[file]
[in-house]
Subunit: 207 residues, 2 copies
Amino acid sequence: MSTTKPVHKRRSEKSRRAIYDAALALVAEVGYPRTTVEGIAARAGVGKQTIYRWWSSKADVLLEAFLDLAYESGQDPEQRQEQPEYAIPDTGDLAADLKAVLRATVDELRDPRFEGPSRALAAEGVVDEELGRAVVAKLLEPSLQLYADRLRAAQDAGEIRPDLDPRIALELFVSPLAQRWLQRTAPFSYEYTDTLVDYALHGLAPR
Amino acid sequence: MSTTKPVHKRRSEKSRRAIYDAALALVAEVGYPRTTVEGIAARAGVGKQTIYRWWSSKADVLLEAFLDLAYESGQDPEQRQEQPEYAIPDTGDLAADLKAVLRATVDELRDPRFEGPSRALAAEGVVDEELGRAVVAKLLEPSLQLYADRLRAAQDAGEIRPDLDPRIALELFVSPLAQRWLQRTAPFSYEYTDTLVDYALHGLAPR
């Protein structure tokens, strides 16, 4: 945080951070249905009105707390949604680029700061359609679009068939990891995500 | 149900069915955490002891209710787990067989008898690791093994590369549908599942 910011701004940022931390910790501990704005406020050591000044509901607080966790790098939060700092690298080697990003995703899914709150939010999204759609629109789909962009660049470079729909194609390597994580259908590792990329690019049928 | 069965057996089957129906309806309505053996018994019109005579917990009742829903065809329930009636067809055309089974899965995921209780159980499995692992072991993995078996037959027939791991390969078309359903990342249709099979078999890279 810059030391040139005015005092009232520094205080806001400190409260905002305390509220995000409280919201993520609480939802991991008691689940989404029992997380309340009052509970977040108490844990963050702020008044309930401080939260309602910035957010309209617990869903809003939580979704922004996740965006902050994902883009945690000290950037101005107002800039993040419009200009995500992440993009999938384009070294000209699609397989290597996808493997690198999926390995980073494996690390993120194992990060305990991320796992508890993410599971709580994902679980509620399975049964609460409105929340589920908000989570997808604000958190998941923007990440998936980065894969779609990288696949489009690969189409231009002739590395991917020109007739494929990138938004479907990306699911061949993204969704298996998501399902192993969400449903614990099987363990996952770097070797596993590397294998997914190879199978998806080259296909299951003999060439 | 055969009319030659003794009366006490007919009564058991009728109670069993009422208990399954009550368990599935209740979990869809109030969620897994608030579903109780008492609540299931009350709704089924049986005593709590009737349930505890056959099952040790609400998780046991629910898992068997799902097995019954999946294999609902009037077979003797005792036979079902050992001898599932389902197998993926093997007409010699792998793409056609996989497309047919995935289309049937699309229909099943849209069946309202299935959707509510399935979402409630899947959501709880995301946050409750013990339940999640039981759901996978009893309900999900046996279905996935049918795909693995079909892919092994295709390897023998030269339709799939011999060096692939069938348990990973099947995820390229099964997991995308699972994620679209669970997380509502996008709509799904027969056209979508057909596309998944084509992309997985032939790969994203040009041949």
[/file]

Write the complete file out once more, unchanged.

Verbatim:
[in-house]
Subunit: 207 residues, 2 copies
Amino acid sequence: MSTTKPVHKRRSEKSRRAIYDAALALVAEVGYPRTTVEGIAARAGVGKQTIYRWWSSKADVLLEAFLDLAYESGQDPEQRQEQPEYAIPDTGDLAADLKAVLRATVDELRDPRFEGPSRALAAEGVVDEELGRAVVAKLLEPSLQLYADRLRAAQDAGEIRPDLDPRIALELFVSPLAQRWLQRTAPFSYEYTDTLVDYALHGLAPR
Amino acid sequence: MSTTKPVHKRRSEKSRRAIYDAALALVAEVGYPRTTVEGIAARAGVGKQTIYRWWSSKADVLLEAFLDLAYESGQDPEQRQEQPEYAIPDTGDLAADLKAVLRATVDELRDPRFEGPSRALAAEGVVDEELGRAVVAKLLEPSLQLYADRLRAAQDAGEIRPDLDPRIALELFVSPLAQRWLQRTAPFSYEYTDTLVDYALHGLAPR
């Protein structure tokens, strides 16, 4: 945080951070249905009105707390949604680029700061359609679009068939990891995500 | 149900069915955490002891209710787990067989008898690791093994590369549908599942 910011701004940022931390910790501990704005406020050591000044509901607080966790790098939060700092690298080697990003995703899914709150939010999204759609629109789909962009660049470079729909194609390597994580259908590792990329690019049928 | 069965057996089957129906309806309505053996018994019109005579917990009742829903065809329930009636067809055309089974899965995921209780159980499995692992072991993995078996037959027939791991390969078309359903990342249709099979078999890279 810059030391040139005015005092009232520094205080806001400190409260905002305390509220995000409280919201993520609480939802991991008691689940989404029992997380309340009052509970977040108490844990963050702020008044309930401080939260309602910035957010309209617990869903809003939580979704922004996740965006902050994902883009945690000290950037101005107002800039993040419009200009995500992440993009999938384009070294000209699609397989290597996808493997690198999926390995980073494996690390993120194992990060305990991320796992508890993410599971709580994902679980509620399975049964609460409105929340589920908000989570997808604000958190998941923007990440998936980065894969779609990288696949489009690969189409231009002739590395991917020109007739494929990138938004479907990306699911061949993204969704298996998501399902192993969400449903614990099987363990996952770097070797596993590397294998997914190879199978998806080259296909299951003999060439 | 055969009319030659003794009366006490007919009564058991009728109670069993009422208990399954009550368990599935209740979990869809109030969620897994608030579903109780008492609540299931009350709704089924049986005593709590009737349930505890056959099952040790609400998780046991629910898992068997799902097995019954999946294999609902009037077979003797005792036979079902050992001898599932389902197998993926093997007409010699792998793409056609996989497309047919995935289309049937699309229909099943849209069946309202299935959707509510399935979402409630899947959501709880995301946050409750013990339940999640039981759901996978009893309900999900046996279905996935049918795909693995079909892919092994295709390897023998030269339709799939011999060096692939069938348990990973099947995820390229099964997991995308699972994620679209669970997380509502996008709509799904027969056209979508057909596309998944084509992309997985032939790969994203040009041949």